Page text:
In some conflicts, the sense of boundaries of rights becomes blurred, especially when sensitive topics such as racism are involved. Offensive and irresponsible remarks may aggravate social tensions, and public figures and the media need to assume corresponding social responsibilities when making remarks and consider whether they have a positive impact on public interests. Therefore, media regulation is inevitable because the media has an important influence and responsibility in society and needs to ensure that its speech does not cause social unrest or harm public interests.
At the same time, the politics of speech are constantly changing and are affected by multiple factors. With the rapid development of mass communication tools, the influence of the media has become more extensive and popular. At the same time, however, the authority of the media has declined. Due to the authority of traditional media, their reports are usually trusted by the public, which gives some unscrupulous media the opportunity to manipulate public opinion for their own benefit. For example, during the COVID era, some media published articles claiming that high doses of vitamin C could cure COVID-19, which triggered a rush to buy vitamins, but this statement was later pointed out to be a rumor.
In addition, the concentration of media ownership is also an important trend, with traditional media such as magazines and newspapers gradually shifting from neutrality to commercialization and subject to greater control. Excessive commercialization may result in the media losing its neutral stance, as commercial interests may influence the content and direction of news coverage. At the same time, the professionalization of the news industry also brings challenges. Journalists sometimes introduce their own values into reports, which may affect the objectivity of reports. It resulted in the media losing its neutrality. These issues remind us that media management issues require attention because they can lead to differences in the quality of practitioners and the quality of coverage. These factors may lead to a decline in the power of the media, affecting its role in society.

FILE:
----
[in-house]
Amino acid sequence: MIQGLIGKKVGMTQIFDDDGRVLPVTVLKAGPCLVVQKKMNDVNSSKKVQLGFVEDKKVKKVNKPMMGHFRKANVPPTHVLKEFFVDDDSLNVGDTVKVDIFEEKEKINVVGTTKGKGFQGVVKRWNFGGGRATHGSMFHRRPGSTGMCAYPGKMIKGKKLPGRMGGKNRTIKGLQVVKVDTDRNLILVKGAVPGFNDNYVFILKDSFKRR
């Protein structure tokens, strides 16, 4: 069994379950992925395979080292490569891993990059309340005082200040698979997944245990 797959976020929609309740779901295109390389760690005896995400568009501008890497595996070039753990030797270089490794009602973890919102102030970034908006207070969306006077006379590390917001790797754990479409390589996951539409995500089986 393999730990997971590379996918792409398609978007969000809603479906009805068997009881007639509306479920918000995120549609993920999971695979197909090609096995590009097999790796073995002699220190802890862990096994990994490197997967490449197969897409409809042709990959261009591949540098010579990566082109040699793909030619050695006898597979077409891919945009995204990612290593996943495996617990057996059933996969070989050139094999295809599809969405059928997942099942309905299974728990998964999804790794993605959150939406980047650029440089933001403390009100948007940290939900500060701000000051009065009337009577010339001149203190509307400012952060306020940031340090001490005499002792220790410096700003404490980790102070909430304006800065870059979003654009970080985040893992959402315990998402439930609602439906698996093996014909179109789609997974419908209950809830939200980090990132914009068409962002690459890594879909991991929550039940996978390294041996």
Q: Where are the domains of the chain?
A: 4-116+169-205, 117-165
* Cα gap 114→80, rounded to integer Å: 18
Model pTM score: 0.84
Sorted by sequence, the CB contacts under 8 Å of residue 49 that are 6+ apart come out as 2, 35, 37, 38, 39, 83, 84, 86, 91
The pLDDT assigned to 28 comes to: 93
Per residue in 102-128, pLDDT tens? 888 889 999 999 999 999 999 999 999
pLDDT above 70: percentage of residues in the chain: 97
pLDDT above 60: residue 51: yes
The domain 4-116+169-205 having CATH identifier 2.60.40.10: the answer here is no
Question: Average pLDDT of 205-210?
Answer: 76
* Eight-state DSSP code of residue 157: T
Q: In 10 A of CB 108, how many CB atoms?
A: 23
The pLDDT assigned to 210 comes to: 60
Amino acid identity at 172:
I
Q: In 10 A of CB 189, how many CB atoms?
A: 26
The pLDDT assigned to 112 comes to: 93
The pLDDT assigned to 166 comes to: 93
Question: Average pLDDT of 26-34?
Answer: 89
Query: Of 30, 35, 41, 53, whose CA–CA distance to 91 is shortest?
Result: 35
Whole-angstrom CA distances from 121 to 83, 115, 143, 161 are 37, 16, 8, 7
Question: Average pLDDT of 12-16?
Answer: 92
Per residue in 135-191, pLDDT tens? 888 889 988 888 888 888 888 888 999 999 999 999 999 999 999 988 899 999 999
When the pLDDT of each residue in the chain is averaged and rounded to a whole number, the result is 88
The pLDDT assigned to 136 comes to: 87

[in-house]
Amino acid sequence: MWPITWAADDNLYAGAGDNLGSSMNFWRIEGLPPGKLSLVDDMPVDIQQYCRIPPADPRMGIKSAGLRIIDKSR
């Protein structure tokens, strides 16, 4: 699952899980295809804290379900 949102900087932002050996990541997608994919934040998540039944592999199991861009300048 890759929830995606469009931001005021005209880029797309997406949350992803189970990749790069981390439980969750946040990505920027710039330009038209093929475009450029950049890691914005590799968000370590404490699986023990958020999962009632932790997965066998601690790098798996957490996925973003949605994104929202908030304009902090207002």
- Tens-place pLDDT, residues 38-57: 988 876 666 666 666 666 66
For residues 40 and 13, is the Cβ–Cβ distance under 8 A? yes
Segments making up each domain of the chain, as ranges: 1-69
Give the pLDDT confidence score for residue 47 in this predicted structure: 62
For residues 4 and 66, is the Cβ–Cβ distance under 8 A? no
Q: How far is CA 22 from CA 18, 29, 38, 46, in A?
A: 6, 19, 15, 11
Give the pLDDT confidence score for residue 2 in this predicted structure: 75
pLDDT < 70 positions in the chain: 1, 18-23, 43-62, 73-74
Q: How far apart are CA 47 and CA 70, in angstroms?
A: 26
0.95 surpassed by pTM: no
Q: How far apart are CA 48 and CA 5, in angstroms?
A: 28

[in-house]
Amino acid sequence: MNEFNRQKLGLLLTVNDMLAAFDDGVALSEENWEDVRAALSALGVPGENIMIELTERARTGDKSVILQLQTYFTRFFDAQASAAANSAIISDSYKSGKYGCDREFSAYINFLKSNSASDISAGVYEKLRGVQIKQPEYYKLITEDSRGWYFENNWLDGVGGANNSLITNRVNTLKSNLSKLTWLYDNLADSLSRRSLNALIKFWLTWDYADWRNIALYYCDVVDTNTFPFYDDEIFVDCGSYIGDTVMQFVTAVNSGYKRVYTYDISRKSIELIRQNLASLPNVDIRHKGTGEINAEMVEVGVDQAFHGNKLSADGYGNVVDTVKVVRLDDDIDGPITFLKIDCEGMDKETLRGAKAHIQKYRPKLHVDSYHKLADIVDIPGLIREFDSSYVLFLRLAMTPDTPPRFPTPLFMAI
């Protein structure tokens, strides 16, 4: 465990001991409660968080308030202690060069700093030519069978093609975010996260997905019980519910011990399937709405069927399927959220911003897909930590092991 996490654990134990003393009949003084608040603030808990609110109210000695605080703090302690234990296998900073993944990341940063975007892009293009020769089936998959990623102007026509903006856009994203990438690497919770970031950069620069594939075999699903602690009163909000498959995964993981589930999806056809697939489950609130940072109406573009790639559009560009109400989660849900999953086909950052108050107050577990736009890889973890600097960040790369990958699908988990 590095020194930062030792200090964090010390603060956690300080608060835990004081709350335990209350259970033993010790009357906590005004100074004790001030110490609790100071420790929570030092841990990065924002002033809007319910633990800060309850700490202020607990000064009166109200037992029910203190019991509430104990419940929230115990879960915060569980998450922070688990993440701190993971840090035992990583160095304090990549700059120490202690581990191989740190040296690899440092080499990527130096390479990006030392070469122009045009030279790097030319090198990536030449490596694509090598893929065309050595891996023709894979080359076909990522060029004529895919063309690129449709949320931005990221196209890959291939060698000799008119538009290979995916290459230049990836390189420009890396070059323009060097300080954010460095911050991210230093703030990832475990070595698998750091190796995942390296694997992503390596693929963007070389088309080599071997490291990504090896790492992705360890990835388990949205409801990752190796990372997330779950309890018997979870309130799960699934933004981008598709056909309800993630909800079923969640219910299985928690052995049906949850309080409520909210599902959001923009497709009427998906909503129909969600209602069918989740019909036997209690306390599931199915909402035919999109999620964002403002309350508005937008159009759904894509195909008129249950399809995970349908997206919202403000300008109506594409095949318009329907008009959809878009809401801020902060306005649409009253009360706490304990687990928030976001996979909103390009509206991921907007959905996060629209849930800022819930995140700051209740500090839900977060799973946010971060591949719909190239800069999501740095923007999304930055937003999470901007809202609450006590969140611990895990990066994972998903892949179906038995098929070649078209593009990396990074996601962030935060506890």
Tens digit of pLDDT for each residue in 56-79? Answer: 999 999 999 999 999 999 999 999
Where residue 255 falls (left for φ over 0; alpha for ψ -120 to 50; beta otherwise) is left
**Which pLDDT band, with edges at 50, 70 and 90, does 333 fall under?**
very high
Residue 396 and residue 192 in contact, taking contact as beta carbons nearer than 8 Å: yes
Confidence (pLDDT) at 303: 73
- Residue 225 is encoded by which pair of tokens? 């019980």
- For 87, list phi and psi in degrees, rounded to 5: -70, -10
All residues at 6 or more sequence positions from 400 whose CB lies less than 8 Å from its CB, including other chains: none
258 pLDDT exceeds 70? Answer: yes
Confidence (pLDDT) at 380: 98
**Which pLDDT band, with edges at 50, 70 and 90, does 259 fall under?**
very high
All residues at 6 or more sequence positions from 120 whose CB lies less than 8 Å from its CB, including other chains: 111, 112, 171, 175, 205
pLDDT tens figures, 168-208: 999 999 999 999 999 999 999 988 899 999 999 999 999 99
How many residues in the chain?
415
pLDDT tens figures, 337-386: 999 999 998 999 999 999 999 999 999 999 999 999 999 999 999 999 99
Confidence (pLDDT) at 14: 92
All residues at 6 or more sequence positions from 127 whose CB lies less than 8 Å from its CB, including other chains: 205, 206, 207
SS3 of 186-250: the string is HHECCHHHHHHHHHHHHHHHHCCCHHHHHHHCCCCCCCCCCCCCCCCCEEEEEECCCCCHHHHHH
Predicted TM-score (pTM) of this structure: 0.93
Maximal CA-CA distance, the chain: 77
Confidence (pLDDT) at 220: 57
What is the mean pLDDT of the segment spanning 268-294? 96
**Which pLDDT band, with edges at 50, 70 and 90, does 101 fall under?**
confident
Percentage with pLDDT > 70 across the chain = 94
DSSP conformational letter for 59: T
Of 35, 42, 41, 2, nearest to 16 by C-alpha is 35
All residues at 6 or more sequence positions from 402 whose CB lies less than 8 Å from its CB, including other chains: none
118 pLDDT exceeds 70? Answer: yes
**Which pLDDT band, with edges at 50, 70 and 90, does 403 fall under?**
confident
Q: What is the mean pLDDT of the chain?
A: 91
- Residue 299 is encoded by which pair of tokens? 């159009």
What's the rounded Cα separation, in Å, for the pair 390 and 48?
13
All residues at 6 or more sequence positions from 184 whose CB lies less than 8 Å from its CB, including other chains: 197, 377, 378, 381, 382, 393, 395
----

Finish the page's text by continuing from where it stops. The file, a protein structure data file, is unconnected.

Finally, the relationship between media and government in different countries also varies from region to region. In Lemley’s article ‘THE SPLINTERNET’ says, In some Western countries such as the United States, the media are free to publish what they want and are free to share it on any platform they want. In other countries, such as China and Russia, the Internet is actually controlled by state political branches, who monitor and block speech they don’t like. (Lemley. 2021) This different relationship will affect the independence of the media and the content of news reports.